"I'M Usually The Only Black In My Class": The Human And Social Costs Of Within-School Segregation, Carla O'Connor Jan 2002

"I'M Usually The Only Black In My Class": The Human And Social Costs Of Within-School Segregation, Carla O'Connor

Michigan Journal of Race and Law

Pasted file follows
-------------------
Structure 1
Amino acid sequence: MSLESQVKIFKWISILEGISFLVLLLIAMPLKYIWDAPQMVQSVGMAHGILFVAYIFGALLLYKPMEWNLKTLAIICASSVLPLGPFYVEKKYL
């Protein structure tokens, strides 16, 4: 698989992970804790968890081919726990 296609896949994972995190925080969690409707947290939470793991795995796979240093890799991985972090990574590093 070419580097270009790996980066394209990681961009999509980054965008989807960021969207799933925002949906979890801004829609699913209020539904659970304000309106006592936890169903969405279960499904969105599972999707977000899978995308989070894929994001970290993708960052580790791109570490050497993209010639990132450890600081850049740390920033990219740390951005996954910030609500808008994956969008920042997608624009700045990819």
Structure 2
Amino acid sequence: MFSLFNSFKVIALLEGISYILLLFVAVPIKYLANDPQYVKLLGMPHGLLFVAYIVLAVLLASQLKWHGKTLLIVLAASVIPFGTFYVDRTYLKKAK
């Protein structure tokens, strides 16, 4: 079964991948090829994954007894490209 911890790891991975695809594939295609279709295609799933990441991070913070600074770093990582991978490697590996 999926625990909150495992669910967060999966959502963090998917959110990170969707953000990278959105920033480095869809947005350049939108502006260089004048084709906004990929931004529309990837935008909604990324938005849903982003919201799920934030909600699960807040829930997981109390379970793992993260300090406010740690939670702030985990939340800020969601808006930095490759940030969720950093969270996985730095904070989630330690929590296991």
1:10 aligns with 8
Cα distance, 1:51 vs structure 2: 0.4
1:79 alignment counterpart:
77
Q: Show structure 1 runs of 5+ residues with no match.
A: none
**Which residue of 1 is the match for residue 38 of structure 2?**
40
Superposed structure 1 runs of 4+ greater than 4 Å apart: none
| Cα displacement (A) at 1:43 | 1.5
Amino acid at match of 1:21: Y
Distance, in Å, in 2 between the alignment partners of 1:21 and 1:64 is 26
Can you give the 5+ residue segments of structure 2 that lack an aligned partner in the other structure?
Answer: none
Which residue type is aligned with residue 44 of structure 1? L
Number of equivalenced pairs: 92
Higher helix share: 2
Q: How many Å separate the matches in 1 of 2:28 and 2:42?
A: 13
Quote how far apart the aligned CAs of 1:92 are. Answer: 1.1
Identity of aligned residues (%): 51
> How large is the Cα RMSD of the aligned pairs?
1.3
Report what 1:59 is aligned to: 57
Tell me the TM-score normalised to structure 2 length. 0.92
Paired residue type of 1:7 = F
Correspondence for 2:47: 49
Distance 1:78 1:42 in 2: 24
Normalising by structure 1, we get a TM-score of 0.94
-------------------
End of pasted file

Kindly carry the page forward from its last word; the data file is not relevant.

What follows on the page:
The work that has focused on within-school segregation has been most concerned with how this phenomenon limits the educational opportunities and might incur a psychological toll on the mass of Black students who find themselves relegated to lower-ability classrooms in integrated schools. This Article, however, allows us to begin to examine the other side of the coin. It reports on how within-school segregation practices create psychological, social, and educational pressures for those few Black students who have escaped enrollment in the least rigorous courses in their school. More precisely, the Article offers insight into how high achieving Black students in ...